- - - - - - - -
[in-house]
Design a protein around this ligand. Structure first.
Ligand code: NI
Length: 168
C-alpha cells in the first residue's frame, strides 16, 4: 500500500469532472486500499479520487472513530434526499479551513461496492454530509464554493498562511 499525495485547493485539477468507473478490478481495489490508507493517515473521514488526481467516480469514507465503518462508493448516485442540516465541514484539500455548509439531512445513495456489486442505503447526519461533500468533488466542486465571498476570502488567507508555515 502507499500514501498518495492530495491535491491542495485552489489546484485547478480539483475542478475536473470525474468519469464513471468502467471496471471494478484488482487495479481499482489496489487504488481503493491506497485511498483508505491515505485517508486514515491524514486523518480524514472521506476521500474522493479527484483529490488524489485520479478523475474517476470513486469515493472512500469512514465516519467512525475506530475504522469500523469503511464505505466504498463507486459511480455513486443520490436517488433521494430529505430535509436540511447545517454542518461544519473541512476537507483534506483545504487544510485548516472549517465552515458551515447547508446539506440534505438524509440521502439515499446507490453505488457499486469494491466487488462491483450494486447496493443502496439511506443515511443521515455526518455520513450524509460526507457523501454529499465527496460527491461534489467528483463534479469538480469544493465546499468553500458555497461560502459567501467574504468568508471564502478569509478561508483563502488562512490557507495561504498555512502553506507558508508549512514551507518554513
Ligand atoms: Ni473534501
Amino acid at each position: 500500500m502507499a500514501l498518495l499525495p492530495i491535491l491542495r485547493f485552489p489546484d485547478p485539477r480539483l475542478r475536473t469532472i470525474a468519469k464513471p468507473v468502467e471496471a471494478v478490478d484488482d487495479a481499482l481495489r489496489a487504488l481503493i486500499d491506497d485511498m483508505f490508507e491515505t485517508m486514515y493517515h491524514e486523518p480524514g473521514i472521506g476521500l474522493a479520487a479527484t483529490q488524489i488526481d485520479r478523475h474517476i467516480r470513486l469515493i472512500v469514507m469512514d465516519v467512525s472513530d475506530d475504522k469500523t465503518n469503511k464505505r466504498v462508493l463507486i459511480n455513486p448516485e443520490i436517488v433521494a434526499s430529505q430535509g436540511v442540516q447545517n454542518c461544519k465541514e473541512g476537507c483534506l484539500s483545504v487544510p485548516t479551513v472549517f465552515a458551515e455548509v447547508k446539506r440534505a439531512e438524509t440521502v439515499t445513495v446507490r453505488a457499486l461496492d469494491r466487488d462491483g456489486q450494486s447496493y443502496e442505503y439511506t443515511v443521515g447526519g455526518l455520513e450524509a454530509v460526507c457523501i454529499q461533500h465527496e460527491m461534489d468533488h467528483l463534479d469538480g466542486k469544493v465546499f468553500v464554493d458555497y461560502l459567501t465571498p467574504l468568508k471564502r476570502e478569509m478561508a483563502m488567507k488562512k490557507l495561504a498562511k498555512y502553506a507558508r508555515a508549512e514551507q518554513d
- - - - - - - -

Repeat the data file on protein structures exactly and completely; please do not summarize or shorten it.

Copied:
[in-house]
Design a protein around this ligand. Structure first.
Ligand code: NI
Length: 168
C-alpha cells in the first residue's frame, strides 16, 4: 500500500469532472486500499479520487472513530434526499479551513461496492454530509464554493498562511 499525495485547493485539477468507473478490478481495489490508507493517515473521514488526481467516480469514507465503518462508493448516485442540516465541514484539500455548509439531512445513495456489486442505503447526519461533500468533488466542486465571498476570502488567507508555515 502507499500514501498518495492530495491535491491542495485552489489546484485547478480539483475542478475536473470525474468519469464513471468502467471496471471494478484488482487495479481499482489496489487504488481503493491506497485511498483508505491515505485517508486514515491524514486523518480524514472521506476521500474522493479527484483529490488524489485520479478523475474517476470513486469515493472512500469512514465516519467512525475506530475504522469500523469503511464505505466504498463507486459511480455513486443520490436517488433521494430529505430535509436540511447545517454542518461544519473541512476537507483534506483545504487544510485548516472549517465552515458551515447547508446539506440534505438524509440521502439515499446507490453505488457499486469494491466487488462491483450494486447496493443502496439511506443515511443521515455526518455520513450524509460526507457523501454529499465527496460527491461534489467528483463534479469538480469544493465546499468553500458555497461560502459567501467574504468568508471564502478569509478561508483563502488562512490557507495561504498555512502553506507558508508549512514551507518554513
Ligand atoms: Ni473534501
Amino acid at each position: 500500500m502507499a500514501l498518495l499525495p492530495i491535491l491542495r485547493f485552489p489546484d485547478p485539477r480539483l475542478r475536473t469532472i470525474a468519469k464513471p468507473v468502467e471496471a471494478v478490478d484488482d487495479a481499482l481495489r489496489a487504488l481503493i486500499d491506497d485511498m483508505f490508507e491515505t485517508m486514515y493517515h491524514e486523518p480524514g473521514i472521506g476521500l474522493a479520487a479527484t483529490q488524489i488526481d485520479r478523475h474517476i467516480r470513486l469515493i472512500v469514507m469512514d465516519v467512525s472513530d475506530d475504522k469500523t465503518n469503511k464505505r466504498v462508493l463507486i459511480n455513486p448516485e443520490i436517488v433521494a434526499s430529505q430535509g436540511v442540516q447545517n454542518c461544519k465541514e473541512g476537507c483534506l484539500s483545504v487544510p485548516t479551513v472549517f465552515a458551515e455548509v447547508k446539506r440534505a439531512e438524509t440521502v439515499t445513495v446507490r453505488a457499486l461496492d469494491r466487488d462491483g456489486q450494486s447496493y443502496e442505503y439511506t443515511v443521515g447526519g455526518l455520513e450524509a454530509v460526507c457523501i454529499q461533500h465527496e460527491m461534489d468533488h467528483l463534479d469538480g466542486k469544493v465546499f468553500v464554493d458555497y461560502l459567501t465571498p467574504l468568508k471564502r476570502e478569509m478561508a483563502m488567507k488562512k490557507l495561504a498562511k498555512y502553506a507558508r508555515a508549512e514551507q518554513d